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Backyard Burning
by Rae Seymour and Tom Pogel

Backyard burning involves a lot more than just a bad smell. People complain mainly of the smell and smoke that interrupts their enjoyment of the outdoors, whether they are on their own property or out in the community. But the negative impact of burning garbage on our health and environment remains virtually unknown to a large number of people. The continued practice of burning garbage on the reservation has the Clean Air Program of The St. Regis Mohawk Tribe's Environment Division concerned because of the serious effect associated with it. The problem is preventable and the key to resolving it is in community awareness.

Most burn barrels operate at temperatures of 400-500 F, which is considerably lower than commercial incinerators. The lower burning temperature is caused by poor oxygen air flow in the barrels. Because the burn barrels do not reach a high enough temperature, the trash doesn't completely burn. Burn barrels, when compared to incinerators, produce 310 times the amount of organic gases, 12,000 times the amount of carbon monoxide, 30 times the amount of carbon dioxide, and 40 times the amount of particles that incinerators produce for the same amount of garbage burned. The particles cause the health problems that we will discuss later. Particles that are larger in size can travel downwind and land on the ground. A study revealed that this problem occurs with about 50% of the particles. This amounts to a fallout of approximately 120 pounds of particles per ton of burned refuse, which affects our health and environment.

Products of incomplete combustion present the greatest risk to particulate contamination. Plastics that do not completely burn contain amounts of benzene and toluene, which are suspected carcinogens (cancer-causing substances). Unburned ash contains heavy metals such as chromium, lead, and cadmium, which can leach into the groundwater and contaminate it. This ash should not be spread in gardens or in the yard.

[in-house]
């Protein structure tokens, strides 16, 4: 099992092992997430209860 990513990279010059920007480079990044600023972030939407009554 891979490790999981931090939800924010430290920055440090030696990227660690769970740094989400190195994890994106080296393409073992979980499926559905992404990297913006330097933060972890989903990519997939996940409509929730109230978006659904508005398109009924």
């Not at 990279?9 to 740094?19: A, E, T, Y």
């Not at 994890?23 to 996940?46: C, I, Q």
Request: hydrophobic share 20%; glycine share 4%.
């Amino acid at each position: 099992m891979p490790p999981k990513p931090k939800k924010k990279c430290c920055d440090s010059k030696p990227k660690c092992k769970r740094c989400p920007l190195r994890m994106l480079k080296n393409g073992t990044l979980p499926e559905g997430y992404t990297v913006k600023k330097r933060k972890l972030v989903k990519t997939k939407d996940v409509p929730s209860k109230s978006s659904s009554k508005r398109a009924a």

Since half of the particles produced in barrel burning are incredibly small, they can easily pose problems by traveling directly into homes, as well as miles away. These particles that develop from burn barrels can cause diseases such as asthma, cancer, lung disease, sudden elderly heart attack and sudden infant death syndrome. Studies have shown that nearly 60,000 Americans die each year from the inhalation of soot. Particles cling to and scar lung tissue. This problem is a large factor in children who develop asthma. Children develop these problems more quickly because they have a higher breathing rate than adults. Pregnant mothers infect their unborn child each time they breathe in contaminated air, and this can alter the child's DNA in the early months of pregnancy. Inhalation of these particles has also been shown to alter our immune systems.

Burn barrels produce highly visible plumes of smoke. Due to the low altitude of the burn barrels the smoke does not have enough time to disperse into the atmosphere. This can result in high particulate concentrations miles downwind from burn sites. Many compounds that are burned can produce unappealing odors, which also present problems for those homes downwind from a burn sites.

Many healthy alternatives to burning trash in backyard barrels exist. They include the following:

  • Compost leaves, lawn clippings, and garbage whenever possible.
  • Separate, recycle, and reuse plastics, papers, and metal cans.
  • Dispose of garbage properly through roadside garbage pick-ups (even with concerns of landfills becoming full, garbage pick-up still a preferred alternative over the burning of garbage).
  • For larger items, items that may contain toxic materials, or items that are not combustible, wait for community "spring clean-ups" for disposal.

These alternatives are easy to follow and do not require much of an adjustment. To make them effective, the entire community's participation is necessary in order to provide for a safe and healthy environment for everyone in Akwesasne.

The St. Regis Mohawk Tribe's Clean Air Program has introduced a draft of "Burn Regulations," which is expected to be enacted this fall. These Burn Regulations identify prohibited and restricted burning. Restricted burning is any type of burning that will be allowed through permit only. If the proposed regulations go through, they will give the Tribe greater control over the problem and a means to enforce it. But until these regulations go into effect, community participation is vital for the elimination of this hazard from Akwesasne.

References:
www.env.gov.bc.ca/ske/skeair/pm10gen.num#impacts
www.Burningissues.org/medipape.num
www.unr.state.wi.us/eq/air/openburn/burnbari.num
www.env.gov.bc.ca/ske/skeair/sourpm10.html
http://burningissues.org/b1/pampmet.htm
and from information provided by Laura Weber.

This article was written for a Professional writing course at Clarkson University by two seniors:

Rae Seymour is majoring in Psychology and is from Akwesasne and Tom Pogel, Chemical Engineering student from Rochester, N.Y.